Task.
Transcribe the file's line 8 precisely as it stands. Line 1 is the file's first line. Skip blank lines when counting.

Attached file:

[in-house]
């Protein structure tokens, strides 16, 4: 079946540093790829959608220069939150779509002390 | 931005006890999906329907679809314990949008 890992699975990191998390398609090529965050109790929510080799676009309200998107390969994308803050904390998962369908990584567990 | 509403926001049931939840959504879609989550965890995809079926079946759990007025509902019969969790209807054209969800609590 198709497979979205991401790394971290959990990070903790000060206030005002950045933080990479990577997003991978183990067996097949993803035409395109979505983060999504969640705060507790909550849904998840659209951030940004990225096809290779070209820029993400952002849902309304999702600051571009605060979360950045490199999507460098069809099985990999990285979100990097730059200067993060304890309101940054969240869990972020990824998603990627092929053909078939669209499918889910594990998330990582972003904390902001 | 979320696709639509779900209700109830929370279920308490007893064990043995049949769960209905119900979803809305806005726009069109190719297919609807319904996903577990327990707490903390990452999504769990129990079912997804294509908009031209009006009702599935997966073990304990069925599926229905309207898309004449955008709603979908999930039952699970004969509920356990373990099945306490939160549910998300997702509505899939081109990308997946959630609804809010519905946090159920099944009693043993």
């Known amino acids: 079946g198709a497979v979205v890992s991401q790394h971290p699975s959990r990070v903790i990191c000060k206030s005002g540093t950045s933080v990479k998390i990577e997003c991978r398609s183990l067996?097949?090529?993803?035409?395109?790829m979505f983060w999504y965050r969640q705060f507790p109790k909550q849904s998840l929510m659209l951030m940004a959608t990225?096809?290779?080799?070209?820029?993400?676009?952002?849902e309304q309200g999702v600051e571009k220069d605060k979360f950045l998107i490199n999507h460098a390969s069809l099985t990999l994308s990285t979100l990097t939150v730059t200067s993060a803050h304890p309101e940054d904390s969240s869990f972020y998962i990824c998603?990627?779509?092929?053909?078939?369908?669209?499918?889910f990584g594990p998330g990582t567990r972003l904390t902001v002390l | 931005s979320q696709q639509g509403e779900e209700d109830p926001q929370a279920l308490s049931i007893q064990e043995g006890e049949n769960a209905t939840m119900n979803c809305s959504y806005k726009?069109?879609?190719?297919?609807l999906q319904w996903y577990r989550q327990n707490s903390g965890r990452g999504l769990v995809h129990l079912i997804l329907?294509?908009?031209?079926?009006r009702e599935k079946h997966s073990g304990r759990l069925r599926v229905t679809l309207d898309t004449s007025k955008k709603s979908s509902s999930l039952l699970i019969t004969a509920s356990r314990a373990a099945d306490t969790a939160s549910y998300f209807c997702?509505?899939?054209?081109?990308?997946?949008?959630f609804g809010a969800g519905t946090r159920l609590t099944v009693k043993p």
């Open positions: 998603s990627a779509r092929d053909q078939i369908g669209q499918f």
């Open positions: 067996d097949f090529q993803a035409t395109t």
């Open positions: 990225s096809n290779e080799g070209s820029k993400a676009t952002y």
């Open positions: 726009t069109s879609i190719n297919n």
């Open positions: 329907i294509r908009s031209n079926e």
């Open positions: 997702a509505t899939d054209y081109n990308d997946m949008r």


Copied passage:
């Open positions: 329907i294509r908009s031209n079926e």